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Before reading: only a personal works and sharing, not any form of "release". I didn't find any confidential information from the packages. So, I'm publishing it here. This is only for testing purpose. Do NOT use it for building a product. Use it at your own risk!! Yocto is flexible and powerful, and also, big and slow (when building). Sometimes we only need to build uboot or kernel or some piece of testing code. It's really a waste of time to build-up the whole Yocto environment which may cost over 50GB disk space and over 3 hours of building. I've made some scripts and sum them up to form a toolset for building uboot, kernel and some testing code out of Yocto environment. It's only a simple container and expect to use with uboot and kernel source code from formal Freescale release and a SDK built from Yocto project. GitHub source repo:       https://github.com/gopise/gopbuild What’s made off (a full package, not only the container): 1.    Some scripts and configurations files. 2.    SDK built from Yocto. 3.    Uboot/kernel from specific version. 4.    A hello-world to demonstrate how to build app in this environment. 5.    A slimmed rootfs binary from specific BSP pre-built as base. Will customize base on the source under “rootfs” folder. Only a placeholder in the container-only version. How to use it: Several common used board configurations have been included in the script: 6qsabresd/6qsabreai/6qpsabreai. You can add more into the “gopbuild” script easily. The “sabresd” has been set as default.      If you want to build all for sabresd (First of all, de-compress the package): cd < de - compressed - folder > source envsetup [ It will prompt for selecting board configuration to be built . Choose one by input corresponding number or click < ENTER > for default board . ] gmk ‍‍‍‍‍‍‍‍‍‍‍‍‍‍‍‍‍‍‍‍‍‍‍ ‍ ‍ ‍ ‍ ‍ ‍      If you want to build specific module for default board, such as uboot: gmk uboot ‍‍‍‍‍‍‍ ‍ ‍      Build kernel for sabreai board instead of default device: gmk kernel sabreai ‍‍‍‍‍‍‍ ‍ ‍      Clean everything? gmk all clean ‍‍‍‍‍‍‍ ‍ ‍ After a successfully full build, you will get everything under “output” folder, including a log folder contains full build log:      “u-boot.imx/zImage/rootfs.tar.bz2/*.dtb”, can be used with MFG or uuu.      “fsl-image.sdcard”, can be burn into SD card directly. "Ready-for-building" Package: The "gopbuild" itself is a "container-only" package which doesn't contain any source or SDK. I've also made some packages based on latest BSP release for i.MX6/i.MX7/i.MX8. These packages are "ready-for-build" package which you can de-compress and build it directly. -------------------------------------------------------------------------------------------------- URL:https://pan.baidu.com/s/1Xlh1OBGsTRXez_NQw-Rjxg Password: gdc9 -------------------------------------------------------------------------------------------------- Note: 1. To build for i.MX8 (8QM/8MQ/8QXP), you need L4.14.* or above. 2. To build for i.MX8, please download the SCFW from i.MX software page       i.MX Software and Development Tools | NXP      After download, decompress corresponding package for specific chip and put it under "/platform/scfw/". Take i.MX8QXP for example:             /platform/scfw/scfw_export_mx8qx/ All material (uboot/kernel/test code and SDK) are from official Yocto release. Thanks!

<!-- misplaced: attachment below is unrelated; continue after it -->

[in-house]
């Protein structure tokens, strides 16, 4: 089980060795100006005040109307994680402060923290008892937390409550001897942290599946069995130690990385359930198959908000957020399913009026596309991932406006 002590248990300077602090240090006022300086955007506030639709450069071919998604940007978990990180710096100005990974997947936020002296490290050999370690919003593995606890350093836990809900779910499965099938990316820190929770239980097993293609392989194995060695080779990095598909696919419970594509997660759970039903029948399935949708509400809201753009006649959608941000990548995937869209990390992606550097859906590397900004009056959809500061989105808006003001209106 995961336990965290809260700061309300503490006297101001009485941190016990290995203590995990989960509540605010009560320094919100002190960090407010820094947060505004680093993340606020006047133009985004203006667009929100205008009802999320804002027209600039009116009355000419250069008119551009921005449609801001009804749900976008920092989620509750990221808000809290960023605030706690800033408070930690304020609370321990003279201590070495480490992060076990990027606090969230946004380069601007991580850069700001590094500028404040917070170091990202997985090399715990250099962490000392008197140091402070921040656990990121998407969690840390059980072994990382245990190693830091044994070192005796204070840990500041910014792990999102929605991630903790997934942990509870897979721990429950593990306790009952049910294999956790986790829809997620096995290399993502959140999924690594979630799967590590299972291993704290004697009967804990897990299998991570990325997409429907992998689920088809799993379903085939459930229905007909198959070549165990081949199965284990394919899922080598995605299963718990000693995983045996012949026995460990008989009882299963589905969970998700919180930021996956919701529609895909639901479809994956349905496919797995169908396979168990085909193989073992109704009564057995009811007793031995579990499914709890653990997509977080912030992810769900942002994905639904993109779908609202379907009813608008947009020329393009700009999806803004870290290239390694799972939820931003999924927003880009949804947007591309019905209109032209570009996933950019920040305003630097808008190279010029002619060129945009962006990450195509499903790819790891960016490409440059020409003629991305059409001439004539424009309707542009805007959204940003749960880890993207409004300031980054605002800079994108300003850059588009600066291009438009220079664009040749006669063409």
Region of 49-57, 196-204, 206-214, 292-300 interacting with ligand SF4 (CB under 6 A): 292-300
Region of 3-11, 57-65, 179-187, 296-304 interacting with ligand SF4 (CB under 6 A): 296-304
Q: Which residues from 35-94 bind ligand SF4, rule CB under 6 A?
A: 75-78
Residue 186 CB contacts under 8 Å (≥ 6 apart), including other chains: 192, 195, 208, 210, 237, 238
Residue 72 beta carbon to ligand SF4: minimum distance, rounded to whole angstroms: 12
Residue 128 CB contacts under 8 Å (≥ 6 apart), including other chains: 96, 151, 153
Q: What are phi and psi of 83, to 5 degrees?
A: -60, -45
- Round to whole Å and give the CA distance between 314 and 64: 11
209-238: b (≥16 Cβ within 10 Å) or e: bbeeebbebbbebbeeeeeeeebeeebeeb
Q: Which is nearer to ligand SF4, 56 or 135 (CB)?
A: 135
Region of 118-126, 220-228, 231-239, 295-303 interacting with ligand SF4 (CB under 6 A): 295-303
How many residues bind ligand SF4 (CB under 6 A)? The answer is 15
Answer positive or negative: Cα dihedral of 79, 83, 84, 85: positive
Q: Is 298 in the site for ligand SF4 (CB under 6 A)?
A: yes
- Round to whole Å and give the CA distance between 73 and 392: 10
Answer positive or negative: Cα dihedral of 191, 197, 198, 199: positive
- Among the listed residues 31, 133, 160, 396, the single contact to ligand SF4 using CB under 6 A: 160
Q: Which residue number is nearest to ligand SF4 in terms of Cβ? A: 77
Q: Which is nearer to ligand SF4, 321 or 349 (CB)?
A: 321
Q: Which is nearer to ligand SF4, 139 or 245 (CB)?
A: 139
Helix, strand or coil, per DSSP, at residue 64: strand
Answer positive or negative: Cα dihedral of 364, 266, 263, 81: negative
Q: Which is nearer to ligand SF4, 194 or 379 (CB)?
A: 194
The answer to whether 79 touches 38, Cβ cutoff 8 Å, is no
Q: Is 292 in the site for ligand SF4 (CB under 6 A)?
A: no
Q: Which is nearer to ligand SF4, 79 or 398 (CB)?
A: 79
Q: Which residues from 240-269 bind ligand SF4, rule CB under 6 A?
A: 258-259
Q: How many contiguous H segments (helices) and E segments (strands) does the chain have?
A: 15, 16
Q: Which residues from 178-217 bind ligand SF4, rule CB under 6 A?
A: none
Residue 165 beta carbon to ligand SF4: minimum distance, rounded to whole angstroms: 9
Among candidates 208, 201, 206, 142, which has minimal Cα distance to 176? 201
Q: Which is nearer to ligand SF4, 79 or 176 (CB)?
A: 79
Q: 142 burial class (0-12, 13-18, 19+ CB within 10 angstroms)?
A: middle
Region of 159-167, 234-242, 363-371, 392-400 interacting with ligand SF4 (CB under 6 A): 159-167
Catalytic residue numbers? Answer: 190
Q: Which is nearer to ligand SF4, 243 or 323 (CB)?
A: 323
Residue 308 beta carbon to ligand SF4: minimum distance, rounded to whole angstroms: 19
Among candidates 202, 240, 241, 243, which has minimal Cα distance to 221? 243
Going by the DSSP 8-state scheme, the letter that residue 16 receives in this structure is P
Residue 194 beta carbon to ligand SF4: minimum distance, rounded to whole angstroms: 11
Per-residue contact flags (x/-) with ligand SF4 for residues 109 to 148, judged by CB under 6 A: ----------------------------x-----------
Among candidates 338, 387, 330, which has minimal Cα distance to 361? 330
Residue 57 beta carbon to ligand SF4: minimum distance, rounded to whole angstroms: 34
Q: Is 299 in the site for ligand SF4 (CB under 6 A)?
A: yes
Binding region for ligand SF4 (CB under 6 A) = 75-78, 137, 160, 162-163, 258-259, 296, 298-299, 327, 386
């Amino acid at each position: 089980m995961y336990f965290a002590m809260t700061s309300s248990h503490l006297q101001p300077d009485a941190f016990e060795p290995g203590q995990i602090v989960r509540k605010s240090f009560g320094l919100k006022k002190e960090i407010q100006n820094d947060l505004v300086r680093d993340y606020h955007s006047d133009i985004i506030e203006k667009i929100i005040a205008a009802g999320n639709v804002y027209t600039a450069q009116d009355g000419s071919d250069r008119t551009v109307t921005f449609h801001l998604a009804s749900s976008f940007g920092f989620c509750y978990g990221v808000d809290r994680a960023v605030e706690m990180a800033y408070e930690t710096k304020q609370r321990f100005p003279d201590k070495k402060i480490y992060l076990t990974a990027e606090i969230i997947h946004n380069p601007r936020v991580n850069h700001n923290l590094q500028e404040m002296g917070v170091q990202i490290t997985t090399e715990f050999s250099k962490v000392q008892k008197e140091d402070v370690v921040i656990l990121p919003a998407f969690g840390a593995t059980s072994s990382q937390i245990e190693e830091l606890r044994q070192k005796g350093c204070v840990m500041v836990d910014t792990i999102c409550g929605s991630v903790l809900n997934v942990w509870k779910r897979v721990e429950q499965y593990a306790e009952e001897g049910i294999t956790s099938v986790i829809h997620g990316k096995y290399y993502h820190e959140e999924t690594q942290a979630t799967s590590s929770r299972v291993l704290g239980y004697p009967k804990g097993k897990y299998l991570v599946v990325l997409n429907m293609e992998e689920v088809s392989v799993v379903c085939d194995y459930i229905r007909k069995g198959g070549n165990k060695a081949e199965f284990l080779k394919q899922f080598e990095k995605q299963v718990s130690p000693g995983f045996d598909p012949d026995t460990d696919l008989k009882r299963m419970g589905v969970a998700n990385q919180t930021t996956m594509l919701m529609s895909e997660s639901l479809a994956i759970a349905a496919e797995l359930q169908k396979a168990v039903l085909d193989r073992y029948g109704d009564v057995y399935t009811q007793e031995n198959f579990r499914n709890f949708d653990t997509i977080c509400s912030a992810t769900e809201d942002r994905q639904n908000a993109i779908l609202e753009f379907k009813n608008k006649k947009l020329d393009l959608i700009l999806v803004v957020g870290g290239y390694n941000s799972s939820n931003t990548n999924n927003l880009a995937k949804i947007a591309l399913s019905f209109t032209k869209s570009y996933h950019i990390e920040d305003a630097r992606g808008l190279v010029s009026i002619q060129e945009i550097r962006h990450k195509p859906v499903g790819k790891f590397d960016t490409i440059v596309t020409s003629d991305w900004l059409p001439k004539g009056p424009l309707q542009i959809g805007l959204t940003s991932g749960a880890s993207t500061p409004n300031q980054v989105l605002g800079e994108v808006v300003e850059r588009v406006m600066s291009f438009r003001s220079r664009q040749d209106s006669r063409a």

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  This article uses i.MX Linux® User's Guide, Rev. L4.1.15_2.1.0-ga, 05/2017 as an example (it may be found as attachment), please refer to section 4.5.12 (How to build U-Boot and Kernel in standalone environment).   First, generate a development SDK, which includes the tools, toolchain, and small rootfs to compile against to put on the host machine.     • Generate an SDK from the Yocto Project build environment with the following command. To set up the Yocto Project build environment, follow the steps in the i.MX Yocto Project User's Guide (IMXLXYOCTOUG). In the following command, set <Target-Machine> to the machine you are building for.   <Target-Machine> may be one of the following :   • imx6qpsabreauto • imx6qpsabresd • imx6ulevk • imx6ull14x14evk • imx6ull9x9evk • imx6dlsabreauto • imx6dlsabresd • imx6qsabreauto • imx6qsabresd • imx6slevk • imx6sllevk • imx6solosabreauto • imx6solosabresd • imx6sxsabresd • imx6sxsabreauto • imx7dsabresd  The «populate_sdk» generates an script file that sets up environment without Yocto Project. This SDK should be updated for each release to pick up the latest headers, toolchain, and tools from the current release.   $ DISTRO=fsl-imx-fb MACHINE=<Target-Machine> source fsl-setup-release.sh -b build-fb   $ DISTRO=fsl-imx-fb MACHINE=<Target-Machine> bitbake core-image-minimal -c populate_sdk   or   $ bitbake meta-toolchain       • From the build directory, the bitbake was run in, copy the sh file in tmp/deploy/sdk to the host machine to build on and execute the script to install the SDK. The default location is in /opt but can be placed anywhere on the host machine.     Note. Each time you wish to use the SDK in a new shell session, you need to source the environment setup script e.g.    $ . /opt/fsl-imx-fb/4.1.15-2.0.0/environment-setup-cortexa9hf-neon-poky-linux-gnueabi   or    $ source /opt/fsl-imx-fb/4.1.15-2.0.0/environment-setup-cortexa9hf-neon-poky-linux-gnueabi   From   Yocto Project Mega-Manual  Note By default, this toolchain does not build static binaries. If you want to use the toolchain to build these types of libraries, you need to be sure your image has the appropriate static development libraries. Use the   IMAGE_INSTALL   variable inside your   local.conf   file to install the appropriate library packages. Following is an example using   glibc   static development libraries:      IMAGE_INSTALL_append = " glibc-staticdev"   On the host machine, these are the steps to build U-Boot and Kernel:  • On the host machine, set the environment with the following command before building.   $ export CROSS_COMPILE=/opt/fsl-imx-fb/4.1.15/environment-setup-cortexa9hf-vfp-neon-pokylinux-gnueabi   $ export ARCH=arm • To build U-Boot, find the configuration for the target boot. In the following example,  i.MX 6ULL is the target.     Download source by cloning with   $ git clone  http://git.freescale.com/git/cgit.cgi/imx/uboot-imx.git  -b imx_v2016.03_4.1.15_2.0.0_ga   $ cd uboot-imx $ make clean $ make mx6ull_14x14_evk_defconfig $ make u-boot.imx   • To build the kernel, execute the following commands:   Download source by cloning with   $ git clone http://git.freescale.com/git/cgit.cgi/imx/linux-imx.git -b imx_4.1.15_2.0.0_ga   $ cd linux-imx $ make defconfig $ make   • To build an application (Hello World) as test.c:   $ source /opt/fsl-imx-fb/4.1.15-2.0.0/environment-setup-cortexa9hf-neon-poky-linux-gnueabi $ cd ~/test/ $ arm-poky-linux-gnueabi-gcc --sysroot=/opt/fsl-imx-fb/4.1.15-2.0.0/sysroots/cortexa9hf-neon-poky-linux-gnueabi -mfloat-abi=hard test.c To check if the the compiled code (a.out) is ARM executable   $ file ./a.out   ./a.out: ELF 32-bit LSB executable, ARM, EABI5 version 1 (SYSV), dynamically linked, interpreter /lib/ld-linux-armhf.so.3, for GNU/Linux 2.6.32, BuildID[sha1]=0e5c22dcf021748ead2c0bd51a4553cb7d38f6f2, not stripped   Copy file a.out to target Linux filesystem and before run it check again :   root@imx6ul7d:/unit_tests/1# file a.out   a.out: ELF 32-bit LSB executable, ARM, EABI5 version 1 (SYSV), dynamically linked, interpreter /lib/ld-linux-armhf.so.3, for GNU/Linux 2.6.32, BuildID[sha1]=0e5c22dcf021748ead2c0bd51a4553cb7d38f6f2, not stripped   To define what Linux libs are needed to run our application :   root@imx6ul7d:/unit_tests/1# ldd a.out     linux-vdso.so.1 (0x7ee93000)   libc.so.6 => /lib/libc.so.6 (0x76e64000)   /lib/ld-linux-armhf.so.3 (0x76f9d000)   If some libs are not located in the filesystem you can observe the following message :   -sh: root@imx6ul7d:/unit_tests/1#./a.out: No such file or directory   Finally - run a.out:   root@imx6ul7d:/unit_tests/1# ./a.out Hello World root@imx6ul7d:/unit_tests/1#